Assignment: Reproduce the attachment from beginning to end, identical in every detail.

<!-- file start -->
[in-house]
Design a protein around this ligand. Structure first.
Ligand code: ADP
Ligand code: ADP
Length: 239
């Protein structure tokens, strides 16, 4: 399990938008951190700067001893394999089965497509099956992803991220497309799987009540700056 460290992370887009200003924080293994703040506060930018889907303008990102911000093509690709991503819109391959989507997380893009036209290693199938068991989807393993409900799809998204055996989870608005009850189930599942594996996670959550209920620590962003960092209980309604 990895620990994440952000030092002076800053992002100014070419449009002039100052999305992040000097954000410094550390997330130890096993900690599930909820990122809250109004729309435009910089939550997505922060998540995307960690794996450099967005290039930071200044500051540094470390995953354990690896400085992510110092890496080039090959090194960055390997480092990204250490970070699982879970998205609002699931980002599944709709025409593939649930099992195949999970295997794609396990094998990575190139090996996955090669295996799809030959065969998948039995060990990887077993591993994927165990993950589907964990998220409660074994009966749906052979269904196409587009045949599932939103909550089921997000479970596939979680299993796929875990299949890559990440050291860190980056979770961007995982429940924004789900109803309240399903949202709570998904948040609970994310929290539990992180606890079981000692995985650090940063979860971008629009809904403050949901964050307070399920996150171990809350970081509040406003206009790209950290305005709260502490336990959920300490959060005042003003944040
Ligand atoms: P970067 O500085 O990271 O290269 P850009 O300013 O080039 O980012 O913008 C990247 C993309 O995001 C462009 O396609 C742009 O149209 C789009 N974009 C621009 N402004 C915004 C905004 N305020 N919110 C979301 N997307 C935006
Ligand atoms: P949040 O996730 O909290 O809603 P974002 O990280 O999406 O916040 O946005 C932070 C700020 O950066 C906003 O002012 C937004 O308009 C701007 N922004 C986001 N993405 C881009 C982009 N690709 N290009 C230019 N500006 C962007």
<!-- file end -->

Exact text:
[in-house]
Design a protein around this ligand. Structure first.
Ligand code: ADP
Ligand code: ADP
Length: 239
């Protein structure tokens, strides 16, 4: 399990938008951190700067001893394999089965497509099956992803991220497309799987009540700056 460290992370887009200003924080293994703040506060930018889907303008990102911000093509690709991503819109391959989507997380893009036209290693199938068991989807393993409900799809998204055996989870608005009850189930599942594996996670959550209920620590962003960092209980309604 990895620990994440952000030092002076800053992002100014070419449009002039100052999305992040000097954000410094550390997330130890096993900690599930909820990122809250109004729309435009910089939550997505922060998540995307960690794996450099967005290039930071200044500051540094470390995953354990690896400085992510110092890496080039090959090194960055390997480092990204250490970070699982879970998205609002699931980002599944709709025409593939649930099992195949999970295997794609396990094998990575190139090996996955090669295996799809030959065969998948039995060990990887077993591993994927165990993950589907964990998220409660074994009966749906052979269904196409587009045949599932939103909550089921997000479970596939979680299993796929875990299949890559990440050291860190980056979770961007995982429940924004789900109803309240399903949202709570998904948040609970994310929290539990992180606890079981000692995985650090940063979860971008629009809904403050949901964050307070399920996150171990809350970081509040406003206009790209950290305005709260502490336990959920300490959060005042003003944040
Ligand atoms: P970067 O500085 O990271 O290269 P850009 O300013 O080039 O980012 O913008 C990247 C993309 O995001 C462009 O396609 C742009 O149209 C789009 N974009 C621009 N402004 C915004 C905004 N305020 N919110 C979301 N997307 C935006
Ligand atoms: P949040 O996730 O909290 O809603 P974002 O990280 O999406 O916040 O946005 C932070 C700020 O950066 C906003 O002012 C937004 O308009 C701007 N922004 C986001 N993405 C881009 C982009 N690709 N290009 C230019 N500006 C962007």